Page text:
5. The response alleges successes in the fight against illegal fishing but fails to provide any statistics yet baldly alleges that "poaching of abalone worsened dramatically" under "Moolla". However if one has regard to the relevant statistics, the views of industry, academics and NGO's in the fisheries sector at the time, then the minister will yet again be proved to be out of touch with reality. It is common cause that between 2003 and March 2005 the successes of the now defunct environmental courts coupled with the TRIDENT anti-poaching project yielded massive successes that included a 75% conviction rate and the collapse of two regional abalone poaching syndicates led by Marx (Overberg) and Ross (Eastern Cape). Both syndicate leaders received lengthy jail sentences and forfeited millions in assets and cash to the state. The minister fails to tell us how many syndicates have been collapsed or syndicate leaders jailed since 2005 (or since 2009). She also conveniently fails to tell us how many of the hundreds of poachers that are arrested, have been CONVICTED and sent to jail and how many in fact have simply walked free to continue poaching.
6. The use of the military veterans has not bolstered fisheries compliance as any right holder would testify. Just consider the examples of blatant poaching in Buffels Bay and Pearly Beach and the failure of the fisheries branch to even respond to right holder pleas for support. If one considers the latest budget for the fisheries branch (as we have on this blog), the parlous state of the marine living resources fund remains undeniable. Why does DAFF not publish the complete budget for the fisheries branch, including allocations for research, administration, compliance, management and vessel deployment? Further, departmental staff have themselves confirmed as co-authors of a recent 2011 publication on the abalone fishery that "...no stock rebuilding strategy, cooperative law enforcement and compliance plan had been announced." The department simply does not have a compliance strategy or plan in place for inshore fisheries management.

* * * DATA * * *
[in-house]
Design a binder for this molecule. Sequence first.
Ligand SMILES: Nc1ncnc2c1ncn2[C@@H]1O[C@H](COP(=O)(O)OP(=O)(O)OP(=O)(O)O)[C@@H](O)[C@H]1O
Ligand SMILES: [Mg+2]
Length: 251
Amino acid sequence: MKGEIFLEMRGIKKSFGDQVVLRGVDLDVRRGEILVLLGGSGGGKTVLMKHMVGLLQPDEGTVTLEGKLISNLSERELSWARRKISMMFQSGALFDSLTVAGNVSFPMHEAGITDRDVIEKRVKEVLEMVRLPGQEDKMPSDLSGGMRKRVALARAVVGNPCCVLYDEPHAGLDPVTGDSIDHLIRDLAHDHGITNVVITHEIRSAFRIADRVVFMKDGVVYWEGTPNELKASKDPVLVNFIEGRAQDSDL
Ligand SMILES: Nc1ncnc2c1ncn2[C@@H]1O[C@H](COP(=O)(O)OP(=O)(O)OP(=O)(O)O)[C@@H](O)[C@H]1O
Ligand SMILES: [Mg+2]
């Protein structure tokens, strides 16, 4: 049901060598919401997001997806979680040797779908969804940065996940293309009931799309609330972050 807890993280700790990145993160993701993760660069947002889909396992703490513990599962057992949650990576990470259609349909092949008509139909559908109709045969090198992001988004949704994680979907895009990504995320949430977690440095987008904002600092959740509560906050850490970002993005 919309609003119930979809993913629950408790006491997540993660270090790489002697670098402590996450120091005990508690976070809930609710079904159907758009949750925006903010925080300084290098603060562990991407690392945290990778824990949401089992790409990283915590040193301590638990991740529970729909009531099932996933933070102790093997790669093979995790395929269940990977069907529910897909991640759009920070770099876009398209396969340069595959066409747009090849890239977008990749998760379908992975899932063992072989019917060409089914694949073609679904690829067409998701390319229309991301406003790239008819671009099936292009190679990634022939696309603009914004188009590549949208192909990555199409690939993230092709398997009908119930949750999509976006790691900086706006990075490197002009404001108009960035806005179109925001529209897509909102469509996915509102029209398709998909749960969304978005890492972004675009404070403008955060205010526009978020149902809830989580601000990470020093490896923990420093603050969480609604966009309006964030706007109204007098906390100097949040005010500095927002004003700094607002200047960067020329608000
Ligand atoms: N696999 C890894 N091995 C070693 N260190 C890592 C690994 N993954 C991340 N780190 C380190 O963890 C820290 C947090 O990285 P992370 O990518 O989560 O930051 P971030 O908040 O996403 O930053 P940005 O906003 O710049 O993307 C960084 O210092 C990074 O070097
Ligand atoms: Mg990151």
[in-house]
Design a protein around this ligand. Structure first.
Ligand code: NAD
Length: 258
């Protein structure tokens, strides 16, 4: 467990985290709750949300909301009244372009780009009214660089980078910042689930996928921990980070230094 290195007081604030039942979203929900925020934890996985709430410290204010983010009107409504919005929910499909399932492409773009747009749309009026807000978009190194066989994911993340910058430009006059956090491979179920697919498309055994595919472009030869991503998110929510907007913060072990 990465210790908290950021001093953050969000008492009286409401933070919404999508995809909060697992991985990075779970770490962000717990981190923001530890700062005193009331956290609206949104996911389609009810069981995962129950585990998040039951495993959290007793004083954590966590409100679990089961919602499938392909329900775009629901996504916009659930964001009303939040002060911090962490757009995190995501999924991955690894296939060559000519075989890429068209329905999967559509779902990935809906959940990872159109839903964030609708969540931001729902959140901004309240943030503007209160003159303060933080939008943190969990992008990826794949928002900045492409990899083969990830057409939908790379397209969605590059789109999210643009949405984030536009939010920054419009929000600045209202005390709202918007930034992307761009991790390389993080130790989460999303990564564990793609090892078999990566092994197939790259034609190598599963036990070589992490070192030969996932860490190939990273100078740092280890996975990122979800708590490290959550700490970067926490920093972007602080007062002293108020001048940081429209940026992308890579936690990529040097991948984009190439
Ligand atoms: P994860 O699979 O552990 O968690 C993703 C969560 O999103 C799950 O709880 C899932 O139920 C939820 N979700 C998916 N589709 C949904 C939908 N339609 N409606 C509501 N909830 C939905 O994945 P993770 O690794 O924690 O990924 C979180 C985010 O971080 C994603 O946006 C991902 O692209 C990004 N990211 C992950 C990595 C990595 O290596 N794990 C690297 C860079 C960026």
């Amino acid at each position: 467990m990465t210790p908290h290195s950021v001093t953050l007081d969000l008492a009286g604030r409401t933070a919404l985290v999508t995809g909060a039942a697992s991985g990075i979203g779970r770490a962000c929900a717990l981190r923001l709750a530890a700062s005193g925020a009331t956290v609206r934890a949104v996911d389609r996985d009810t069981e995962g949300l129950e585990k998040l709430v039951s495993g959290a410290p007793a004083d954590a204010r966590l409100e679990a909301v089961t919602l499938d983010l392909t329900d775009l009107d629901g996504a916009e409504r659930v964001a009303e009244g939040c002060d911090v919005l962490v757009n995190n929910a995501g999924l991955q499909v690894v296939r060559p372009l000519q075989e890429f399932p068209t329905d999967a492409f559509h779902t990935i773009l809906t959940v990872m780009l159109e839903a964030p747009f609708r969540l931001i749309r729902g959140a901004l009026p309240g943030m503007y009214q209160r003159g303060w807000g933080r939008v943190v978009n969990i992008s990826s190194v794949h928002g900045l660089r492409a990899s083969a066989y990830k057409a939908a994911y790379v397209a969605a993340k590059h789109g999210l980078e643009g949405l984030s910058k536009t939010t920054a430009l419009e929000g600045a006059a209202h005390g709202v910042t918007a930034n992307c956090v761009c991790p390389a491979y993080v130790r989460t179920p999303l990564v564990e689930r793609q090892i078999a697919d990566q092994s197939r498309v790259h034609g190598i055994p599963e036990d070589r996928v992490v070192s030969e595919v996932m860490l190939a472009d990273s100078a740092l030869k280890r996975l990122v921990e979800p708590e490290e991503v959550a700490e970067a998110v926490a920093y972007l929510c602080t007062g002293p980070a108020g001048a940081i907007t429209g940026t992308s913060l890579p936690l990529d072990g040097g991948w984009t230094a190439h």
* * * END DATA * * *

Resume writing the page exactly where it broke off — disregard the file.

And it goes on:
7. Finally, the minister's response makes certain personal allegations against me. For example, the response refers to me as a "self-styled sole fishery expert". I have never styled or described myself as such. The Minister in fact described me as a fisheries expert in a memorandum to Cabinet where she used my advices and opinions to support a particular position of hers. She may want to refresh her memory in that regard. Secondly, the minister makes the bizarre statement that during my tenure at MCM, we were never supportive of artisinal or small-scale fisheries! The entire policy framework that is currently in force in South Africa was adopted by (an ANC) Cabinet (not me or Horst Kleinschmidt!). Further, this policy framework has ensured that of the 3000 commercial fishing rights allocated more than 2200 are exclusively allocated to small- scale commercial fishers; that their long term application fees were pegged at a few hundred rand (such as R400 for a 10 year lobster right) while a company like I&J paid in excess of R2,5 million for the hake trawl application alone! In addition, we did not provide right holders with the shocking levels of (mis)-management, (mal)-administration and disrespect that small-scale right holders are served on a daily basis.
Thirdly, it was her staff who approached me repeatedly for advice and assistance with regard to the management of abalone, the processes to be followed to reopen the fishery and for solutions to address the parlous state of her fisheries branch. If my views and opinions are so irrelevant and incorrect, perhaps Mr Bokaba could advise why in a recent email to me, he wrote -
"Shaheen,We need to have a follow-up chat with a view to making serious changes in the way fisheries is being run".